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What are the best hedges for a "calamity"?

 

There are the inverse ETF's of course.  They do worry me re: the constant leverage problem, i.e. the daily rebalancing can lead to horrid returns with volatility.

 

And of course there are those who say it is time to take off the hedges, like Sir Watsa,  as the majority of the downturn (markets that is) maybe over.

 

We are slightly hedged, (I wish we had been more, but those are the breaks), but I expect that there is  going to get a bounce up from here, so I want to be prepared to put in a better hedge in preparation for another leg down.  So I am looking for any ideas out there. (By the way, I think BAC and C are potentially zero's but I don't like the risk reward.

 

 

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Guest ericopoly

My strategy changed a bit now that FFH has taken off the hedges.

 

This week I wrote 2010 puts on:

MSFT at $12.50  ($1.37 premium)

GE at $5 (98 cents premium)

AXP at $5 ($1.75 premium)

SHLD at $12.50 ($2.50 premium)

WFC at $10 ($3.50 premium)

 

I took the option premium and bought 2011 FFH at-the-money $250 calls.

 

The transaction leaves me with the downside of the deep-out-of-the-money puts, but the upside of FFH at-the-money

 

I did not take on any leverage on the downside (I have the cash to buy the shares, or take delivery on my calls  -- whichever of those two outcomes it may be).  Worst case is, I get assigned and own the companies at those prices -- but I still have upside from the FFH calls.  I could then hang onto both and get double upside.

 

But I think more likely is that I won't get assigned on all of them, maybe some of them but likely not all.

 

Now, the puts I wrote expire in 2010, but the FFH leaps don't expire until 2011.

 

So, in January 2010, if the puts expire worthless I can then use my cash to buy FFH shares -- while still holding onto the calls.  So then I'd have 2-for-1 leverage in FFH.  Or I can repeat the exercise if volatility premiums on puts are still attractive vs FFH calls.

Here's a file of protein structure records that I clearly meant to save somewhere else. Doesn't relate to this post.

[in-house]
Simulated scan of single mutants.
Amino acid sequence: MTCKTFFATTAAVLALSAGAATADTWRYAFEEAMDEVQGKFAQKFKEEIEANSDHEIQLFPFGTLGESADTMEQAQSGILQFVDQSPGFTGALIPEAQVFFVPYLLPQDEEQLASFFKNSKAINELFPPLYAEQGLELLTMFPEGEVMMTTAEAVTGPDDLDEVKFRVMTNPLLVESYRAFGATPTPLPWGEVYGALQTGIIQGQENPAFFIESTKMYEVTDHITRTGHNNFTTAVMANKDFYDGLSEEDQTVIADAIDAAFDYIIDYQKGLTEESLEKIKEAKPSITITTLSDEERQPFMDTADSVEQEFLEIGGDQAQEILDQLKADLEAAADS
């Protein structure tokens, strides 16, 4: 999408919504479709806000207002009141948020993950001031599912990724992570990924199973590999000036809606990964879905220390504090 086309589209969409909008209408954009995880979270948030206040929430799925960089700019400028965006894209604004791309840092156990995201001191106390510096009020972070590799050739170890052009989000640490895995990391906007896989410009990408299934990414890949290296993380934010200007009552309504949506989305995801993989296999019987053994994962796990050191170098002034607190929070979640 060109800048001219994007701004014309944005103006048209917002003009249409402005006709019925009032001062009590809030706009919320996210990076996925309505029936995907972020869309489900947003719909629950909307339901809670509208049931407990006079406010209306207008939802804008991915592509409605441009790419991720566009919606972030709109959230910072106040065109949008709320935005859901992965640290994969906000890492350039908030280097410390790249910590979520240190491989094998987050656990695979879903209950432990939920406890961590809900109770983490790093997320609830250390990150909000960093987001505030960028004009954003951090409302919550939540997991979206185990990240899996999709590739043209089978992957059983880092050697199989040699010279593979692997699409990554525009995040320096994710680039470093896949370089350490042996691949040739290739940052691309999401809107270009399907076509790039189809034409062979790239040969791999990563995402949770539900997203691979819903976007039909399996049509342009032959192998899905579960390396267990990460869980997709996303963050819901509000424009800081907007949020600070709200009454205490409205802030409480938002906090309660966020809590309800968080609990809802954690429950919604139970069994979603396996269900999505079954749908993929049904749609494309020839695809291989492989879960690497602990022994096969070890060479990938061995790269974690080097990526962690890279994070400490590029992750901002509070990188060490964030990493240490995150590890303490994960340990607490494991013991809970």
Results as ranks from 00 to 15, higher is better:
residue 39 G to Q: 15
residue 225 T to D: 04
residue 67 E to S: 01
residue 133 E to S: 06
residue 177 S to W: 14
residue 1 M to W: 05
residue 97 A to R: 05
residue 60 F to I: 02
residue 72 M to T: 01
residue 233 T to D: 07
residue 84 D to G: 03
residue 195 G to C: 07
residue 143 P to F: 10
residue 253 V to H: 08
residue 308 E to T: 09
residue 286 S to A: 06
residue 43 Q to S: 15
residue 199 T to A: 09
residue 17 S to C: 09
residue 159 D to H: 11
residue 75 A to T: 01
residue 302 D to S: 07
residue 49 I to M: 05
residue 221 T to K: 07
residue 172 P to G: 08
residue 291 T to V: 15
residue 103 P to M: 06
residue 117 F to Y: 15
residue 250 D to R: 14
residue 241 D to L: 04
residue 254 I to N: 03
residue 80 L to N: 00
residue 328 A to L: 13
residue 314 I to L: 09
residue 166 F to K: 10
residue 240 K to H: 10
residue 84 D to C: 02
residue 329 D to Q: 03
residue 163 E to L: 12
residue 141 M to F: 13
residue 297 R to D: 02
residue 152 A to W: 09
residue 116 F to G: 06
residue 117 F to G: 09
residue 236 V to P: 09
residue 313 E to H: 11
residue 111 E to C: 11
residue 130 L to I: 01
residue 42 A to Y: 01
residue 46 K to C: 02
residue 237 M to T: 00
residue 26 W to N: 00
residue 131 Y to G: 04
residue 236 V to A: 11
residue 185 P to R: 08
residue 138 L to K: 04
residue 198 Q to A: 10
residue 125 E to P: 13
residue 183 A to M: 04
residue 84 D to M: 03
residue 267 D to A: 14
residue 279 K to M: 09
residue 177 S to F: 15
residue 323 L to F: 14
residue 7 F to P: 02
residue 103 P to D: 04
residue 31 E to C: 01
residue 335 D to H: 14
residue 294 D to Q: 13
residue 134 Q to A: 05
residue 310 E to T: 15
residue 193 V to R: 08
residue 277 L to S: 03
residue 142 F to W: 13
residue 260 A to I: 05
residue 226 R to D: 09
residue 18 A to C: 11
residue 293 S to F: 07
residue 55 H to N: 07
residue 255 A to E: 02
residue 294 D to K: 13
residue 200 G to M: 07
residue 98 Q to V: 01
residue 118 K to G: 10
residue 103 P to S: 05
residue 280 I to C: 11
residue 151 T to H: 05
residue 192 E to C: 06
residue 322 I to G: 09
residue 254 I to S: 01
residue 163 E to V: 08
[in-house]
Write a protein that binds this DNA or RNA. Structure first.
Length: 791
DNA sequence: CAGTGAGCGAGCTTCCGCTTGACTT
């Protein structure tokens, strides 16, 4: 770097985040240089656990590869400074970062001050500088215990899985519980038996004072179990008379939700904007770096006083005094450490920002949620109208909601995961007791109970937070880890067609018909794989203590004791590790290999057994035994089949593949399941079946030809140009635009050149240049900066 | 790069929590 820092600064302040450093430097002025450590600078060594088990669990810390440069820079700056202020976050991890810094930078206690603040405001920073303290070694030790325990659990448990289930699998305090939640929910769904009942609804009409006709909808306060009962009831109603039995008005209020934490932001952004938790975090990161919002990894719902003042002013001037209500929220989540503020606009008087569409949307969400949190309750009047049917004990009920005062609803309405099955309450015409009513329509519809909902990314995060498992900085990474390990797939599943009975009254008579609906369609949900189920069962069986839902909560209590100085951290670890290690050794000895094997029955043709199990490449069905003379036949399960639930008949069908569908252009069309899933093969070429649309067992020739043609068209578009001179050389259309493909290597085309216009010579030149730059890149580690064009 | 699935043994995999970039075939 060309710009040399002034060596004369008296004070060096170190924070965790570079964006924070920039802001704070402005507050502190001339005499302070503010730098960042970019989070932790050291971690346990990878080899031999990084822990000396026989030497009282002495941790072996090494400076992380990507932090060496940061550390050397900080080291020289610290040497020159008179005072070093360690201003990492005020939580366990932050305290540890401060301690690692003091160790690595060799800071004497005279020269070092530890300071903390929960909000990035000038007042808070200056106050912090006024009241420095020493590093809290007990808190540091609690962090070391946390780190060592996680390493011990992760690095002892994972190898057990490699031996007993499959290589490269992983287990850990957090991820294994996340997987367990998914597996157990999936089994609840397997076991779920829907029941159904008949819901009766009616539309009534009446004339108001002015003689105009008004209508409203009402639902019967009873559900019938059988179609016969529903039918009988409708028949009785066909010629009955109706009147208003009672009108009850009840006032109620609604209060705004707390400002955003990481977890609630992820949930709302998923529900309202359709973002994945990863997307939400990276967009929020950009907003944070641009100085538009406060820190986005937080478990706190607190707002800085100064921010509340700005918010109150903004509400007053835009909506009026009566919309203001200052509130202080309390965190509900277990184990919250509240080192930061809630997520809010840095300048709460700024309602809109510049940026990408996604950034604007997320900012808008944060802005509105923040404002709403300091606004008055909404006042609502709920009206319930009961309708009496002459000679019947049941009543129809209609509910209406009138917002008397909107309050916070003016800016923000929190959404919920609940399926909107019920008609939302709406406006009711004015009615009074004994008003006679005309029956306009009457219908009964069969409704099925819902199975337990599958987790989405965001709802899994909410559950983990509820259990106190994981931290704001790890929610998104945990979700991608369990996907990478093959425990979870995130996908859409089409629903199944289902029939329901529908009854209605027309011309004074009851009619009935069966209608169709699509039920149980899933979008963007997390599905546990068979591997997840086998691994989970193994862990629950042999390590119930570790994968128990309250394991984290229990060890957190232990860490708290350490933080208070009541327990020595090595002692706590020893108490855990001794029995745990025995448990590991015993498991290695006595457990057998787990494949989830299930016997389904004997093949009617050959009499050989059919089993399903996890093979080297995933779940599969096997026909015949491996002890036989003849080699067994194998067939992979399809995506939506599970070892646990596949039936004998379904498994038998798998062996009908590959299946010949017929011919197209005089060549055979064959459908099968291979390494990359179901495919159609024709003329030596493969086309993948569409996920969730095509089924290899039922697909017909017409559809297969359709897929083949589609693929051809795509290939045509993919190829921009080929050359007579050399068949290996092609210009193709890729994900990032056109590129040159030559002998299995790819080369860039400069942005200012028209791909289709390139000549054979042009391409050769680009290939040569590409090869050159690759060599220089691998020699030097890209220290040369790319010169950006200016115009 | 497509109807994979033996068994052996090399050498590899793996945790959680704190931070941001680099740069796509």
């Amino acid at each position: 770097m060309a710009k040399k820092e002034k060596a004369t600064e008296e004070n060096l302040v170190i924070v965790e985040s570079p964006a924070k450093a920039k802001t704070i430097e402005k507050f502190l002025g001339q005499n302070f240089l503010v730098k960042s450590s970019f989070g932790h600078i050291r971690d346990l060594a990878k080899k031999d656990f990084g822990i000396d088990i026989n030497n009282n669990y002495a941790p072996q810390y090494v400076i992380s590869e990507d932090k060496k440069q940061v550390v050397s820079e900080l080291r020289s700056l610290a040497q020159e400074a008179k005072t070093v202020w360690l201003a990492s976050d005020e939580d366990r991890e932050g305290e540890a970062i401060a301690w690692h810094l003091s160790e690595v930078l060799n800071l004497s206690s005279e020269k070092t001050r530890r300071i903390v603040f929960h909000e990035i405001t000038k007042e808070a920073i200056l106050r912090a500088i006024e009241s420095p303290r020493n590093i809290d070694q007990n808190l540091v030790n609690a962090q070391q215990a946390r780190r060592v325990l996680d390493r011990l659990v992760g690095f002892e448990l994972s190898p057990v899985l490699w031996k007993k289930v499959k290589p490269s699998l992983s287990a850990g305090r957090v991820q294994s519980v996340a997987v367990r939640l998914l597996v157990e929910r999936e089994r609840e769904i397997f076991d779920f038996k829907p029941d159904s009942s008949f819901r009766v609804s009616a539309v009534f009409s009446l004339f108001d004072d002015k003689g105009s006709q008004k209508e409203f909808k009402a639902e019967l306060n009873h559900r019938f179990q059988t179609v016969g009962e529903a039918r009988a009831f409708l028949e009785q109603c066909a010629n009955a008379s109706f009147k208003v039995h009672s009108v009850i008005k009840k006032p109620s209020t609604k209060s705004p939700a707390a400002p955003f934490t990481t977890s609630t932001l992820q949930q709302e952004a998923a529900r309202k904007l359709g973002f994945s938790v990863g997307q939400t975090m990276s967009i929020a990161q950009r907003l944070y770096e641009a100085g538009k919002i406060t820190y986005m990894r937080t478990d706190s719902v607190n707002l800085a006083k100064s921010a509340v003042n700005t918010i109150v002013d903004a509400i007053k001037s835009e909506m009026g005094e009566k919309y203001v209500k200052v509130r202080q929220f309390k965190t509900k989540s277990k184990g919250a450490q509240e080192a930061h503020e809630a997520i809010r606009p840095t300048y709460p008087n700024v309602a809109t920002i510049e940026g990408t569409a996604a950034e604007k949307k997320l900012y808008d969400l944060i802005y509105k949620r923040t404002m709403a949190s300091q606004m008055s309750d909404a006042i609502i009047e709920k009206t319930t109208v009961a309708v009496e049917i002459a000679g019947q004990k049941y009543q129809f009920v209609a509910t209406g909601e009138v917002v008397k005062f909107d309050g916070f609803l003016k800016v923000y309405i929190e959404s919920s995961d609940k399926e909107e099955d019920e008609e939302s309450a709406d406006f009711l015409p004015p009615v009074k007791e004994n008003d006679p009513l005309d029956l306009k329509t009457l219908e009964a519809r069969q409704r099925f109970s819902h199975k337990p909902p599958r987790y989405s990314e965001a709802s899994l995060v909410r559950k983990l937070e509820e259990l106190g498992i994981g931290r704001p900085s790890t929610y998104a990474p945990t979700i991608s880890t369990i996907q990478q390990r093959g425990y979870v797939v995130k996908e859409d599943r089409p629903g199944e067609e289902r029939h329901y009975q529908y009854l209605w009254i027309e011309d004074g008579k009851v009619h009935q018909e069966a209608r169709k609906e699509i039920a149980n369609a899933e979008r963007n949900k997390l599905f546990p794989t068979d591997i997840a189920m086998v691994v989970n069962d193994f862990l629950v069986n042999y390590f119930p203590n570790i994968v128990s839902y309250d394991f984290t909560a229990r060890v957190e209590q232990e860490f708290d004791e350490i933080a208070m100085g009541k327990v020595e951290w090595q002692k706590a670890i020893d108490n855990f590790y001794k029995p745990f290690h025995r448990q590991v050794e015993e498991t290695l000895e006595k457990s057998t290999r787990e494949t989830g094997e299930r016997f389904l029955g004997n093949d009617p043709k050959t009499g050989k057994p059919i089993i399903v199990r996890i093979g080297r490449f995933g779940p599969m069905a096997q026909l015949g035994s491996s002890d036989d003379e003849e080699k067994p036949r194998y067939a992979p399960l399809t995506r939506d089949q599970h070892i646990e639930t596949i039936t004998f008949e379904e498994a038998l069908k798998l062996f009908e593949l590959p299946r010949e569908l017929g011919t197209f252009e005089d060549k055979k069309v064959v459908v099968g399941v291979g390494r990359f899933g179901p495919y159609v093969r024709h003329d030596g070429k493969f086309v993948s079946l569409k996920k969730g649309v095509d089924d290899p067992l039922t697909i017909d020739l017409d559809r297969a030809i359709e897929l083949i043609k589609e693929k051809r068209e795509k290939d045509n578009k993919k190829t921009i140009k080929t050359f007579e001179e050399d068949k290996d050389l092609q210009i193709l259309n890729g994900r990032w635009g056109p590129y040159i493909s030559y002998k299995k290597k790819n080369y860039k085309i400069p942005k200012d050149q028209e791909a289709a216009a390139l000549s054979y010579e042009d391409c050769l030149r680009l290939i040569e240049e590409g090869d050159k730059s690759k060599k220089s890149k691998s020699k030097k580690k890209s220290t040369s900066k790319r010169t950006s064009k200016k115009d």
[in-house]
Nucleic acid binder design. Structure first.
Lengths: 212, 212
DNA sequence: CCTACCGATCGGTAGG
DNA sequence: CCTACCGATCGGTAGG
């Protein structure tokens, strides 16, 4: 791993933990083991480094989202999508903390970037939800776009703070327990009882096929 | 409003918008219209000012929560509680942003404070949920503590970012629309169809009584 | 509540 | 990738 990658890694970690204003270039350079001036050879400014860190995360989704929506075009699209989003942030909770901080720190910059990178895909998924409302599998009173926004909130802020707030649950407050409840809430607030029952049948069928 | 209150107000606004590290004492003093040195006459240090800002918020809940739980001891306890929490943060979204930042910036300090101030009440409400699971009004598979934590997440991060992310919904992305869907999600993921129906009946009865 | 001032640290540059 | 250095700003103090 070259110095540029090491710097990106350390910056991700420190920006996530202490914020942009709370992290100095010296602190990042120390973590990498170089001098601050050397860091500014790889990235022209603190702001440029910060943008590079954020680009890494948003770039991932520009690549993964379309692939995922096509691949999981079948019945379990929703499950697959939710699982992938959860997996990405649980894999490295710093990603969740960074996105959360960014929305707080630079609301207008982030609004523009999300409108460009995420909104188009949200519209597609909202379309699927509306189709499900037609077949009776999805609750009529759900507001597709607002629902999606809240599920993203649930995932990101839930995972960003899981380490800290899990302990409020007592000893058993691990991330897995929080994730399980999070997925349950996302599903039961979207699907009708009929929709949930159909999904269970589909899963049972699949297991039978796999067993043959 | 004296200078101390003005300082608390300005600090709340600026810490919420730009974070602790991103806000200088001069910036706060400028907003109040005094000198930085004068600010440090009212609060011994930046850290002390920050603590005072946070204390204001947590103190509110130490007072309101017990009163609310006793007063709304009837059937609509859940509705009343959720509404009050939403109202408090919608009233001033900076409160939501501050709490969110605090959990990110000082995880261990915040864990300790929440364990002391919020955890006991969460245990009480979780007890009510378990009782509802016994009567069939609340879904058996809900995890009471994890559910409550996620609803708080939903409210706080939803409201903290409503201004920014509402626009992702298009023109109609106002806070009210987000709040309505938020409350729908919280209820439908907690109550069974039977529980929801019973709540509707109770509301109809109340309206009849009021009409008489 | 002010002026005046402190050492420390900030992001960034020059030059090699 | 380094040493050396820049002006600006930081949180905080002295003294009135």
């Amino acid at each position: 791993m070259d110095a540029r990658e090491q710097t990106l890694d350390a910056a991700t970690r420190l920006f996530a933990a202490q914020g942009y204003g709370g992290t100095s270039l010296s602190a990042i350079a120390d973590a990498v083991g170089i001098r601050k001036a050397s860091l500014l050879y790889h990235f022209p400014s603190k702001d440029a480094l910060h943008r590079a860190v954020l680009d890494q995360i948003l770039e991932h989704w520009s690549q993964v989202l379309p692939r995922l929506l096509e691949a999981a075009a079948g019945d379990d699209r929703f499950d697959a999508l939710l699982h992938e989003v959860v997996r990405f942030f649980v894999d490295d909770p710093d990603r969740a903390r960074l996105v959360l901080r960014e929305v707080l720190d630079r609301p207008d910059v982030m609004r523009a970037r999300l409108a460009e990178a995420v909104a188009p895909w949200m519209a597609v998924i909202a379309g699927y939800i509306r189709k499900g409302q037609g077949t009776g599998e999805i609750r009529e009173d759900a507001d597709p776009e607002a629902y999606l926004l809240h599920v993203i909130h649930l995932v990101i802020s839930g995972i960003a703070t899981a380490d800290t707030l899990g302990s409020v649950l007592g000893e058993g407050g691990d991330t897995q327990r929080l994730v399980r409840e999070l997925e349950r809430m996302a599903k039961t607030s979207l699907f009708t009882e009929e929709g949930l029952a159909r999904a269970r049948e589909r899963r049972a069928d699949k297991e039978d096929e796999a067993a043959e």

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Ericopoly,

 

Sounds like an interesting strategy.  Its kinda like you hold a convertible debt position in your FFH position where the yield on the debt is the premium on the puts you sold.  And the whole debt position would convert to those underlying stock positions in a huge bear market - which you would likely want to do anyway.

 

Makes a lot of sense to me as long as you like those 5 names at those prices.

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Guest ericopoly

as long as you like those 5 names at those prices.

 

 

Oh, and one other thing.  Suppose MSFT is at $10 when I get assigned -- these things, when they get that ridiculously crazy, have insane volatility premiums.  Like SHLD back in November -- the $25 strike 2010 put was going for $11!  That's fricking nuts.  WFC $15 puts are going for $5 right now, LUK $15 puts are going for $4.6 yesterday, or day before.

 

So...  in 2010, if I get assigned but don't really want them more than FFH... I can then write calls all year long at the original strike price to gain more premium (dig down the cost basis).

 

But, at $11.50, SHLD would be trading at it's current cash level.  At $5 AXP would be 1/2 of book value, at $12.50 MSFT would be at like a P/E of 5, at $5 GE would have a dividend yield of 25%.  Anyways, I could go on and on but you get the point.

 

Plus, FFH has that natural hedge built into it (the operating income digging them out of mark-to-market equity losses).

 

Now, if we have another pump-fake bear market rally during this year I may be able to buy these puts back really cheap.

 

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I think that approach makes a lot of sense, but isn't quite hedging for "calamity" as the OP wrote.    I would think that if by some chance you were assigned all those shares, that your FFH calls could end up finishing OTM as well, just because it would reflect a decimation of the equity market.